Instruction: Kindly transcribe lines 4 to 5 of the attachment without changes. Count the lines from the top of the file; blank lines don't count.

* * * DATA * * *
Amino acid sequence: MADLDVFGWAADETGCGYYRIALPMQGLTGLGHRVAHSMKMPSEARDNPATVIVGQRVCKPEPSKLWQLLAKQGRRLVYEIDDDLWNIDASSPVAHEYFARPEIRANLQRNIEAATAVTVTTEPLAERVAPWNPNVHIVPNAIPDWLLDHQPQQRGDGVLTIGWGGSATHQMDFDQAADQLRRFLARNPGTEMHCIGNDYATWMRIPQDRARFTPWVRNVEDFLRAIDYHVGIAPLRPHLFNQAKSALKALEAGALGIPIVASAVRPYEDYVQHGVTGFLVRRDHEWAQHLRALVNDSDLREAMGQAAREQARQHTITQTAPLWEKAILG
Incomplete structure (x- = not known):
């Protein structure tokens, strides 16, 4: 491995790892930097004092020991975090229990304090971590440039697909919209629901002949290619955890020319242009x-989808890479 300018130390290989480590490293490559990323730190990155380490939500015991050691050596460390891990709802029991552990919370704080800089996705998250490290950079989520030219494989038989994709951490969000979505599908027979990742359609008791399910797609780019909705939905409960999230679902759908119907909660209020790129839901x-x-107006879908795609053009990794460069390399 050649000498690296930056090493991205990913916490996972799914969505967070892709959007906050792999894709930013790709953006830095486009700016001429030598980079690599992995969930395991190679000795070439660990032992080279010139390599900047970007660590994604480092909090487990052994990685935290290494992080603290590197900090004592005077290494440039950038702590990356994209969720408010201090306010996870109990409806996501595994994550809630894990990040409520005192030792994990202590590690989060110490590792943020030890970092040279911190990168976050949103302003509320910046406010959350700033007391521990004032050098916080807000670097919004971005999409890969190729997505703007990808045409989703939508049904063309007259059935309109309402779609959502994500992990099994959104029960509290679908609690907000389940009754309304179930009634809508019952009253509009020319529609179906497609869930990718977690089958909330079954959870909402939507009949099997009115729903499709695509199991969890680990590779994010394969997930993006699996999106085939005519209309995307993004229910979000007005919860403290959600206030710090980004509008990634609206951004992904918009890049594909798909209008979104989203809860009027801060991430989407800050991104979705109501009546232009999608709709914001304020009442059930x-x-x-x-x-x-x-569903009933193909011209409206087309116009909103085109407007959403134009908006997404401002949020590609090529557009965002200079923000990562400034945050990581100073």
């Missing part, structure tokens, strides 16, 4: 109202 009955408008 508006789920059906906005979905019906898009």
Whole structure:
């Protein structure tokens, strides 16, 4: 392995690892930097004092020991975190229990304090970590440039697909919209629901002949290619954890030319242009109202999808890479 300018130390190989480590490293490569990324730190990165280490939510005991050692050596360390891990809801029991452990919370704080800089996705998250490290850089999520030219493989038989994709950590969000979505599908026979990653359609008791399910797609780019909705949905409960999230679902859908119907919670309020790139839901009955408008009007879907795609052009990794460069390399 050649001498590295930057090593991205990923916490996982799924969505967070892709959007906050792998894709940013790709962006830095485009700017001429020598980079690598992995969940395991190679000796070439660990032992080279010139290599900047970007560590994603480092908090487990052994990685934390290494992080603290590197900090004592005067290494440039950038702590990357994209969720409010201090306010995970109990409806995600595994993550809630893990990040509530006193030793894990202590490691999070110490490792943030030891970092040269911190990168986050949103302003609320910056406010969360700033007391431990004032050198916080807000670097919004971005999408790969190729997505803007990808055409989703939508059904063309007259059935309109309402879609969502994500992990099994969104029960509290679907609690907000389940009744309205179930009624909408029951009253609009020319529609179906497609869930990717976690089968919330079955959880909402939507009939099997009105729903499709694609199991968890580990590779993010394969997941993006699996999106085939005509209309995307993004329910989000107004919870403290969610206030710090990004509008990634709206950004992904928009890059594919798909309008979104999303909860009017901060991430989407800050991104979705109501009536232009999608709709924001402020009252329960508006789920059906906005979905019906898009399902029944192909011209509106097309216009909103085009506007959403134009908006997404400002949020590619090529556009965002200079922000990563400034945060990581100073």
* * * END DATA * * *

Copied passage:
């Missing part, structure tokens, strides 16, 4: 109202 009955408008 508006789920059906906005979905019906898009």
Whole structure: